Cabaret or Punch and Judy?

Went along to the Leviathan gig the other night to see what the fuss was about. The mini adventure (c) was nearly scuppered before it started when I was accosted by a surly ticket attendant attempting to releave me of €17.50. Following the mugging we were greeted by musical comedy being enjoyed by the middle class.
The debate itself was of the old school left/right variety. McWilliams opened the debate with tried and tested comical jibes against Kieran Allen’s political inclinations, setting the tone for the debate. But this is par for the course of course. Funny how a Fianna Fáil backbencher can sit on stage unencumbered by ideological stigmata, but a marxist / socialist has to be outed and marked for ridicule.
In a debate on economic recovery, the fact a ‘dissident’ (just like the Greens are dissidents) Fianna Fáiler (though you wouldn’t know it looking at his website, whose party presided over the destruction of the Irish economy, the burdening of future generations with speculators’ debt, the support of two criminal leaders and on top of all that, decades of collusion with a church that conspired to cover up/facilitate child abuse, left almost entirely unscathed is about all you need to know to predict how the night played out.
There was little or no discussion of the economic implications of further wages cuts and redundancies in the public sector, no discussion of the knock-on effects in terms or mortgage defaults etc. The debate centred entirely on the assumption that the public sector is overpaid and inefficient (because it is over staffed and overpaid).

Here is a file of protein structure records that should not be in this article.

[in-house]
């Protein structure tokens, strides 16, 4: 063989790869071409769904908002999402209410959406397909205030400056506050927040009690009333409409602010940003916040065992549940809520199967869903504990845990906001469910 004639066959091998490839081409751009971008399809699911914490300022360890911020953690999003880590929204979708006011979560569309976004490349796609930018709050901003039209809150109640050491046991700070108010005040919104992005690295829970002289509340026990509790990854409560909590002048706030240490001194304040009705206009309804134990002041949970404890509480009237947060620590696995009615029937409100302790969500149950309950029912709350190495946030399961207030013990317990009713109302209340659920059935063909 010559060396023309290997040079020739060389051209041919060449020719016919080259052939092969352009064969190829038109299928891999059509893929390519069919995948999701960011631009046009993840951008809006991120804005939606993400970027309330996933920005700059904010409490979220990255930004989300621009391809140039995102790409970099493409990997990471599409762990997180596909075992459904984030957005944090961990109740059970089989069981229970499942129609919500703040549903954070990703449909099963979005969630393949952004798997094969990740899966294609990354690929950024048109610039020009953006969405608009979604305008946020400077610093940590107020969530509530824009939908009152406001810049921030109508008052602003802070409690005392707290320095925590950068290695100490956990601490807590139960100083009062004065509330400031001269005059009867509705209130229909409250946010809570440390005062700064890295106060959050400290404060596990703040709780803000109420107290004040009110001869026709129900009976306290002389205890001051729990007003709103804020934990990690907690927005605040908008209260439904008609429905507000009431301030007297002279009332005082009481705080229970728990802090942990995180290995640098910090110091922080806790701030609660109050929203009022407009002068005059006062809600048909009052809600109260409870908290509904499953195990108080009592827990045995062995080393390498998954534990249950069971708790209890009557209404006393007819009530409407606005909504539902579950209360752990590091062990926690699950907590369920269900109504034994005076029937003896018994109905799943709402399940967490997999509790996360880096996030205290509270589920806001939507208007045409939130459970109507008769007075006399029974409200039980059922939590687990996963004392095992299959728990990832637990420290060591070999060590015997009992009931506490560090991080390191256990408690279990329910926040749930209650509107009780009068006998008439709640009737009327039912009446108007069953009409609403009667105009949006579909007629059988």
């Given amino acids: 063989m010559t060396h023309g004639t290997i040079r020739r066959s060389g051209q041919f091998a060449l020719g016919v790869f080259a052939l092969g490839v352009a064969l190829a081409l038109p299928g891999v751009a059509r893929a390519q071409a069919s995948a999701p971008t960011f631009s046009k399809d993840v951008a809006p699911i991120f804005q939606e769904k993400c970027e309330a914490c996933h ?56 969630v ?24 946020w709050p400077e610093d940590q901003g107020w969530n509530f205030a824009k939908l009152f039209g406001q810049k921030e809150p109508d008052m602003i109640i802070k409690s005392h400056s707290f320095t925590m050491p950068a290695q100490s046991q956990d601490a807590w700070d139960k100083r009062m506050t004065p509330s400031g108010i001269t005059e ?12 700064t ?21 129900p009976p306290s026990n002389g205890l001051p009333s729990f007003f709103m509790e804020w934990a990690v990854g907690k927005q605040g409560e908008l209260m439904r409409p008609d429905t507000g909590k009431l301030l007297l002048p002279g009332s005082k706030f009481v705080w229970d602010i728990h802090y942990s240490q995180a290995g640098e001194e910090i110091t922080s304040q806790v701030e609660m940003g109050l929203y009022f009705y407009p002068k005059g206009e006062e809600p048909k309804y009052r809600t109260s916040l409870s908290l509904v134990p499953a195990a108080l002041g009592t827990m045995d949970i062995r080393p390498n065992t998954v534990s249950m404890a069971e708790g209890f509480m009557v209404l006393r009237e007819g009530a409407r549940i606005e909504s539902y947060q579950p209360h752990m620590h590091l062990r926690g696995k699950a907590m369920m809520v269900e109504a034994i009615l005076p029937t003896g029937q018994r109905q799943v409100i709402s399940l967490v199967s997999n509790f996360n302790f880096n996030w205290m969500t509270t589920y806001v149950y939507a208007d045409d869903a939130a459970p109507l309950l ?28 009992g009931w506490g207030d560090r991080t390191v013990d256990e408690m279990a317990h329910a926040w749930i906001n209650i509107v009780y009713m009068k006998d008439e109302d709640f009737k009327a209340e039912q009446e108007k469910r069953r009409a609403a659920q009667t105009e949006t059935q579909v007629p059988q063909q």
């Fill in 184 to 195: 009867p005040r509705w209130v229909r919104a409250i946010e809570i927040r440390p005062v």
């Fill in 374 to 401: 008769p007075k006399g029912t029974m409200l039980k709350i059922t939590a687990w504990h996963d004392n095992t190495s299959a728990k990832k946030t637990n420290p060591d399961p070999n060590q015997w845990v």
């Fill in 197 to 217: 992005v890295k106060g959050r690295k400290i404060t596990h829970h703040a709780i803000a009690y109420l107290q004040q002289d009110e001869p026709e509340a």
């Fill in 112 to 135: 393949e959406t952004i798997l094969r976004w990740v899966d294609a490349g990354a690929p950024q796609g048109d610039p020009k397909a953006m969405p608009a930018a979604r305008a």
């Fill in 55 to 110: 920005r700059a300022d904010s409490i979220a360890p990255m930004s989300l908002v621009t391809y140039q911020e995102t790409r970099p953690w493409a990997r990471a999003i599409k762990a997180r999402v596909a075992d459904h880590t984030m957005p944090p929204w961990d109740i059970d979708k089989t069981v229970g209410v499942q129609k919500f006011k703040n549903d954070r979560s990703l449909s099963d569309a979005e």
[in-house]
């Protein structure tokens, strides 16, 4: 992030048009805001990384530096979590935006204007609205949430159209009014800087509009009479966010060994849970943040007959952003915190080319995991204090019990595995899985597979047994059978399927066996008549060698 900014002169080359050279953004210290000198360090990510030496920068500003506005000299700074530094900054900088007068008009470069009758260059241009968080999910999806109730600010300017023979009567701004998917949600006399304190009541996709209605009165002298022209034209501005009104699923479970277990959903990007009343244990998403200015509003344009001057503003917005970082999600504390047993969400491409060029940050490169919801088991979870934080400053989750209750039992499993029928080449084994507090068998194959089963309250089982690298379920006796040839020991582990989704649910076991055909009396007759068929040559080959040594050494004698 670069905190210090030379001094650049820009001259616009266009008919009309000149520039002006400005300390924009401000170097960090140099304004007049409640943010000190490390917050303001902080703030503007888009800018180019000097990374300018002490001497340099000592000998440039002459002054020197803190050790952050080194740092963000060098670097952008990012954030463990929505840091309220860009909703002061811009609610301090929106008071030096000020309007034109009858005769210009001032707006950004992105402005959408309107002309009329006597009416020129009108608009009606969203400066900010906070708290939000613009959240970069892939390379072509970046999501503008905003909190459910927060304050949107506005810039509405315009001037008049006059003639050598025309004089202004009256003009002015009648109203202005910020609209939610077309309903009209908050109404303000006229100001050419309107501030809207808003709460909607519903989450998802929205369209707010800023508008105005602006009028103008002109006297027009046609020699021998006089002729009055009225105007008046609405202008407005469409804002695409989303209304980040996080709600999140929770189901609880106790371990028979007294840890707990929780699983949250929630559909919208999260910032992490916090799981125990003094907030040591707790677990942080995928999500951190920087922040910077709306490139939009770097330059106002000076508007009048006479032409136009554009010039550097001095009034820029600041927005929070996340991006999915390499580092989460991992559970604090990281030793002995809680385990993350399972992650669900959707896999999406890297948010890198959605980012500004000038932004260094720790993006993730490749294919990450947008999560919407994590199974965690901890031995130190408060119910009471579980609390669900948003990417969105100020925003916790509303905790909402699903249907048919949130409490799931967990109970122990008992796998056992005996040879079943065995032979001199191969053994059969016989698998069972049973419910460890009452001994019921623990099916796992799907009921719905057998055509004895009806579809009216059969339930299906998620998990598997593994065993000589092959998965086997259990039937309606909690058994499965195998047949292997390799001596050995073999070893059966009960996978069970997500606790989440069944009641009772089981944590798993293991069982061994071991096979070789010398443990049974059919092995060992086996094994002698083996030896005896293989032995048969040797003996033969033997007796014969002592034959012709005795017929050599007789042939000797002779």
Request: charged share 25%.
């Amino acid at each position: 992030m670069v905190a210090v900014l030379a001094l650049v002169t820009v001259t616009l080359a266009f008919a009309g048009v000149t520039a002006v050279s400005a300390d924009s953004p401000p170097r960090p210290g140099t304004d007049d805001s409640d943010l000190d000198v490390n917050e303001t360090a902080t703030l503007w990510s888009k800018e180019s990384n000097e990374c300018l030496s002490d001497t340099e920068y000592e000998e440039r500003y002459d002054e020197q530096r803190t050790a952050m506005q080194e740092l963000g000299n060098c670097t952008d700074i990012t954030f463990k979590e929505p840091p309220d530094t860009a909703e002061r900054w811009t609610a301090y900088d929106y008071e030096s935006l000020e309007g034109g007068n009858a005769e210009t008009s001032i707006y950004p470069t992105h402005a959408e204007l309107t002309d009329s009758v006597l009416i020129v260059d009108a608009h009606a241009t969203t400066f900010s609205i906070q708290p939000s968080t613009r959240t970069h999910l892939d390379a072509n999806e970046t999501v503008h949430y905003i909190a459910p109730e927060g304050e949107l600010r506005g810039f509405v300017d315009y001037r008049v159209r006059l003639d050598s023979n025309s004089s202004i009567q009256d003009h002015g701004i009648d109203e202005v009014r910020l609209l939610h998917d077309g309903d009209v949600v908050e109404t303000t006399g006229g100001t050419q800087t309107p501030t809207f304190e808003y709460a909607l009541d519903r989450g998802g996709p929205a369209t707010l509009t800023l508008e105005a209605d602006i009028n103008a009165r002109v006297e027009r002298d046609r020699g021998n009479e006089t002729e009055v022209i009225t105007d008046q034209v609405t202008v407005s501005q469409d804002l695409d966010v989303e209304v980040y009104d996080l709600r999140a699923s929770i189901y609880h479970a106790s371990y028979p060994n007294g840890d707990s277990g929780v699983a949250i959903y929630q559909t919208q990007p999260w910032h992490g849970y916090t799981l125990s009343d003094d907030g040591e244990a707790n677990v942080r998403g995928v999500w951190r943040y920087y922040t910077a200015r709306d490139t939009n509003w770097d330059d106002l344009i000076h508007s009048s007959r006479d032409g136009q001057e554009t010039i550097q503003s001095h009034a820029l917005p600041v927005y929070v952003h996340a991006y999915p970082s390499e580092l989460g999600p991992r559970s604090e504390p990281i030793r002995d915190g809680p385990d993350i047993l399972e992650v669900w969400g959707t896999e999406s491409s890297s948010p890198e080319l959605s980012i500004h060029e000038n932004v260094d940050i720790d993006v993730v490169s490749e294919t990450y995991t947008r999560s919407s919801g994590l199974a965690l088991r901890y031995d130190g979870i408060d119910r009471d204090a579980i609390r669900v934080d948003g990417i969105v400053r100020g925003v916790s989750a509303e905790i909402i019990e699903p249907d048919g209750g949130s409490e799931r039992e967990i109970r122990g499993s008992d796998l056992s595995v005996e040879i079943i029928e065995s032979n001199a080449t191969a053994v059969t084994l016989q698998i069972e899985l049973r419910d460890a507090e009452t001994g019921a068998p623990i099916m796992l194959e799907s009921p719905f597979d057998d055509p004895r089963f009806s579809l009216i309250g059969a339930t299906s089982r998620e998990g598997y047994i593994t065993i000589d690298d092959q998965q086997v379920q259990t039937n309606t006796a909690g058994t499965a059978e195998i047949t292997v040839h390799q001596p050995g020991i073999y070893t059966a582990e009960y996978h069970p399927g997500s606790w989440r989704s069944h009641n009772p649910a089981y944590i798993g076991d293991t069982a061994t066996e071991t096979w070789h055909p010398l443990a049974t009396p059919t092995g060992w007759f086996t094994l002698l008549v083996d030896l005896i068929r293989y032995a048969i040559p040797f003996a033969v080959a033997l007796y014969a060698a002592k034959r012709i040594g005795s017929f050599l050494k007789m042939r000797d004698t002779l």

One former teacher suggested that the debate had failed because it sought to pit public against private sector, instead of dealing with the real issue, low paid versus excessively paid. This gained a quiet rumbling of support, but this was quickly drowned out by further vague condemnation of ‘bench marking’ and wild accusations of unions ‘running the country’ to ruin.
The audience rounded on the union reps for their lack of ambition in invigorating employment. The consensus being that government money is being diverted from employment programmes to public sector pensions. The idea that stimulus was being binned for bailout was considered a diversion.

In support of this, McWilliams, the impartial host, mocked anyone that drew attention to the fundamental culprits of the crisis – the bankers, developers and politicians.

This post is particularly useless for anyone that actually wants to know what was said at the debate, but I zoned out after about 20 mins, so this tweet summary will have to do:

Unions hounded, only passing ref 2 econ implicatins of public redundancies. Allen didnt get a look in. Union reps spoke vacuously 1:52 AM Apr 9th via API

John McGuinness played the Green party card, he’ll be the change. Debate shouted down by McWilliams prodigy. Delevan told a joke 1:54 AM Apr 9th via API

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